“There was lots of tension,” he recalls. “The President was shot and wounded by army deserters, and that resulted in martial law and curfews. As police peacekeepers, we were armed. The UN provided a security guard for our accommodations.”

John Scott (left) with Major Aleer Deny Keen of the South Sudan Police Service and part of the police service inspection team.

In 2012, John joined another peacekeeping mission in South Sudan, months after the country had gained independence. From the capital, Juba, he traveled widely with a team of South Sudan police officers completing inspections of state operations.

Malaria, typhoid, and the heat were constant threats, in addition to the violence. Travel often required helicopters that were shot at from time to time. Land mines were a constant concern. Children sometimes lost legs chasing a ball at school.

“The place was nuts,” John summarizes. “Two hours after meeting with the Major-General in charge of Eastern Equatoria State, he was killed in an ambush on the road,” John remembers. And, while on an inspection of police operations, he had to take cover from raids by the Lord’s Resistance Army, an infamous terrorist organization.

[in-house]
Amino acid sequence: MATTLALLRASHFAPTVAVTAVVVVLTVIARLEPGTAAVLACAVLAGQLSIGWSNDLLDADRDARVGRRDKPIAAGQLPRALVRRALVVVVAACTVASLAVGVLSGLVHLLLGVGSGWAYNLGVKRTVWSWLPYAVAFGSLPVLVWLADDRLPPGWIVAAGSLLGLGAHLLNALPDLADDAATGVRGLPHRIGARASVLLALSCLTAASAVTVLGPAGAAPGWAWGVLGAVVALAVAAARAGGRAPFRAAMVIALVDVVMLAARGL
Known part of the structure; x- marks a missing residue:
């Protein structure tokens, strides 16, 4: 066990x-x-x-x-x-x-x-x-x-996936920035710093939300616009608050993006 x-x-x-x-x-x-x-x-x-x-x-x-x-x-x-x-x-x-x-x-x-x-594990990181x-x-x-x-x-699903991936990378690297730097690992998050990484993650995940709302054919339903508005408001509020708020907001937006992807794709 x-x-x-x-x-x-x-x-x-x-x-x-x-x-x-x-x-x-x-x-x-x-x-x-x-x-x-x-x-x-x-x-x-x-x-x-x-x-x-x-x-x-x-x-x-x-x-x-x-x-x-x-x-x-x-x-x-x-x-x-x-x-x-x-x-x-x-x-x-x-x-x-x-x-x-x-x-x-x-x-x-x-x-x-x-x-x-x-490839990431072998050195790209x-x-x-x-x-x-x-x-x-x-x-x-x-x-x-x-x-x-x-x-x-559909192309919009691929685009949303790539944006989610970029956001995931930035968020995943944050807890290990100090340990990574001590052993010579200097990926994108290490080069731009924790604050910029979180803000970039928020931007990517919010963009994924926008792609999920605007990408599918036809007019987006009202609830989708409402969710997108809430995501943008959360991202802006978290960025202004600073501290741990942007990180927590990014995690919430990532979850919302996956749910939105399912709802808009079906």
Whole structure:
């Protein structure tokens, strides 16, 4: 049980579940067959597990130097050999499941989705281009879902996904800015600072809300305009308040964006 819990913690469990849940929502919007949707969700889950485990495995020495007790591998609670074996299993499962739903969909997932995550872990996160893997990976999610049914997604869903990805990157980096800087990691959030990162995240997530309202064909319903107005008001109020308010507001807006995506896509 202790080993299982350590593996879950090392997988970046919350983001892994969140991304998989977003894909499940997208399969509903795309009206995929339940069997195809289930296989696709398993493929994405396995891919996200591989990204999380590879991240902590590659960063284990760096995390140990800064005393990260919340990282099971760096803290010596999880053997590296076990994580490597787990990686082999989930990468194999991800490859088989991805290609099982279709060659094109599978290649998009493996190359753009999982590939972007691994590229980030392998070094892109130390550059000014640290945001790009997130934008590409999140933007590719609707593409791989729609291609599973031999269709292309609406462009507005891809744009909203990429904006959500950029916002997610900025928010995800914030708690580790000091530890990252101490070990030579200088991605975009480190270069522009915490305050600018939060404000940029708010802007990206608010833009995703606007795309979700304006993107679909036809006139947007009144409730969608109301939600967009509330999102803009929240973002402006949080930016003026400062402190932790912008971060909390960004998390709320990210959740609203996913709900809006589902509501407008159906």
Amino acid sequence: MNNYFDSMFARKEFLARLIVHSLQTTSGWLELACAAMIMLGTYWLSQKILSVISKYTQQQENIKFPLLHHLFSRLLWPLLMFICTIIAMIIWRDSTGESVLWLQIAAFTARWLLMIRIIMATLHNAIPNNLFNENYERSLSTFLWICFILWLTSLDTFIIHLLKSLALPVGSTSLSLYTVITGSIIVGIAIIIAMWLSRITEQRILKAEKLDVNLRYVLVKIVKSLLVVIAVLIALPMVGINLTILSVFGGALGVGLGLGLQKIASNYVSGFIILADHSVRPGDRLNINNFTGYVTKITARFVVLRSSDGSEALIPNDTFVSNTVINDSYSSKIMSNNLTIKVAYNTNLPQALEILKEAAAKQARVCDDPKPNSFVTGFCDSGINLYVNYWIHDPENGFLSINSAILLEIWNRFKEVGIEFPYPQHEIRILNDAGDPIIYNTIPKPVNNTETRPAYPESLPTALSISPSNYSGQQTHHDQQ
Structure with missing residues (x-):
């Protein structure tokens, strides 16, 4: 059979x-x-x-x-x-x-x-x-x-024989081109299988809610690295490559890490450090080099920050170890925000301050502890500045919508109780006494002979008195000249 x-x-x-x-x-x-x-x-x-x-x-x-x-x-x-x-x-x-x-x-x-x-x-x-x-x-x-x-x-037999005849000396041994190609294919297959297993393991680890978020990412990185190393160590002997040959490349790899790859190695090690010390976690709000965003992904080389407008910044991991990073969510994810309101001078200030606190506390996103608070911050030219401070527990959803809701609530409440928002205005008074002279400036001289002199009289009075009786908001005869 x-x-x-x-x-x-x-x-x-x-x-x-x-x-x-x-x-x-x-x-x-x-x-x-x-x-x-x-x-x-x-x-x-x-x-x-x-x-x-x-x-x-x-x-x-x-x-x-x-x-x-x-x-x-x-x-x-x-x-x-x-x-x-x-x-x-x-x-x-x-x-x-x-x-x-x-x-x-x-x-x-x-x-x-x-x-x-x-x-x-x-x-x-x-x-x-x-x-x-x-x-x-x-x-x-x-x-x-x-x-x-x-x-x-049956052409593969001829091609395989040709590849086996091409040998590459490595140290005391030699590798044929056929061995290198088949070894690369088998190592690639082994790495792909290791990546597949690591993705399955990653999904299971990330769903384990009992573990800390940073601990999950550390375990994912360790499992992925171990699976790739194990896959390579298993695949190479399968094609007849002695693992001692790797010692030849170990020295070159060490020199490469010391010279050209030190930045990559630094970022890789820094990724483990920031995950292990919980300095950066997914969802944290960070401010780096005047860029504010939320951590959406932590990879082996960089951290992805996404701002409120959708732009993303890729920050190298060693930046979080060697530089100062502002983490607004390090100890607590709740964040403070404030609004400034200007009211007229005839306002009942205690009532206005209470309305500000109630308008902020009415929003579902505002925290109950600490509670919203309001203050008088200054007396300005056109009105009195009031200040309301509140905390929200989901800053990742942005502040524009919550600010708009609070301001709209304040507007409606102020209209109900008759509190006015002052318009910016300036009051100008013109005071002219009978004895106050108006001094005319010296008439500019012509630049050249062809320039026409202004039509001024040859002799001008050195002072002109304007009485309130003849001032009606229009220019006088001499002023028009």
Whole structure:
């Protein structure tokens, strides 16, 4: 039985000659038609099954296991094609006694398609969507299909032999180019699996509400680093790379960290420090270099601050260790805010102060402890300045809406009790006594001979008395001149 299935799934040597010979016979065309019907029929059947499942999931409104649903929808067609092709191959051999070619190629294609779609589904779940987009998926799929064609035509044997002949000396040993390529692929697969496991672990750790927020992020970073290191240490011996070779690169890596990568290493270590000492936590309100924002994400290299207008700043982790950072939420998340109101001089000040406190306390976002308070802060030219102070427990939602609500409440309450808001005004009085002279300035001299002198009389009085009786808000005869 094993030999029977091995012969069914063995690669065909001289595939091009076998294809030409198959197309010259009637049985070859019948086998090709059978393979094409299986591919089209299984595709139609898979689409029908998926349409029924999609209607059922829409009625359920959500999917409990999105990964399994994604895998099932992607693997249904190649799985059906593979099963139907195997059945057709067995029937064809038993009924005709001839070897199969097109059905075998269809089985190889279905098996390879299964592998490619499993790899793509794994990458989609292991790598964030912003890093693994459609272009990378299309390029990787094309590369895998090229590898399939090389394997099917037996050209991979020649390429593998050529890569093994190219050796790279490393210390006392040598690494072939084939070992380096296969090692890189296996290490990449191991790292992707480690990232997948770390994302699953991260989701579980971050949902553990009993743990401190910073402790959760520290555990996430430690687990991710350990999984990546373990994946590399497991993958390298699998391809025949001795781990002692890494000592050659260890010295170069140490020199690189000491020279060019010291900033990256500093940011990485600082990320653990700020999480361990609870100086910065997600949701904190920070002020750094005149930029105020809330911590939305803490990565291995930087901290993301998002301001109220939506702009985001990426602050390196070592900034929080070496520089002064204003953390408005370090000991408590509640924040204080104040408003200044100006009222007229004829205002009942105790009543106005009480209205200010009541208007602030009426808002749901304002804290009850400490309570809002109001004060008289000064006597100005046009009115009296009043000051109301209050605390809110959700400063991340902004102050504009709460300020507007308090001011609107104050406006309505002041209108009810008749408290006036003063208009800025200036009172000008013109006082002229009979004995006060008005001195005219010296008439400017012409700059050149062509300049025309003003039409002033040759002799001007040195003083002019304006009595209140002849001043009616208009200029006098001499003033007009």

Nine months after that mission ended, John returned to South Sudan, this time working for UK Aid with on developing professional standards for the South Sudan National Police.

South Sudan was even more dangerous at this time. “I went out running one morning to the police check point at the edge of Juba. The police were gone and people in army uniforms were pointing guns at me. I knew one person there who allowed me to run back to the camp,” he says.

“You could hear AK-47s, machine guns, RPGs and tanks shooting all the time. After three weeks trapped in the compound, the airport reopened. We were evacuated, leaving the locals behind.”

John Scott (right), UN Police Chief of Staff, Timor-Leste, 2008, presenting certificate of Polícia Nacional de Timor-Leste registration to Sub-Inspector Carlos Montz Maia.

Friends in the South Sudan Police helped arrange for an escort to the airport for evacuation. Along the road there, he saw bodies piled at regular intervals.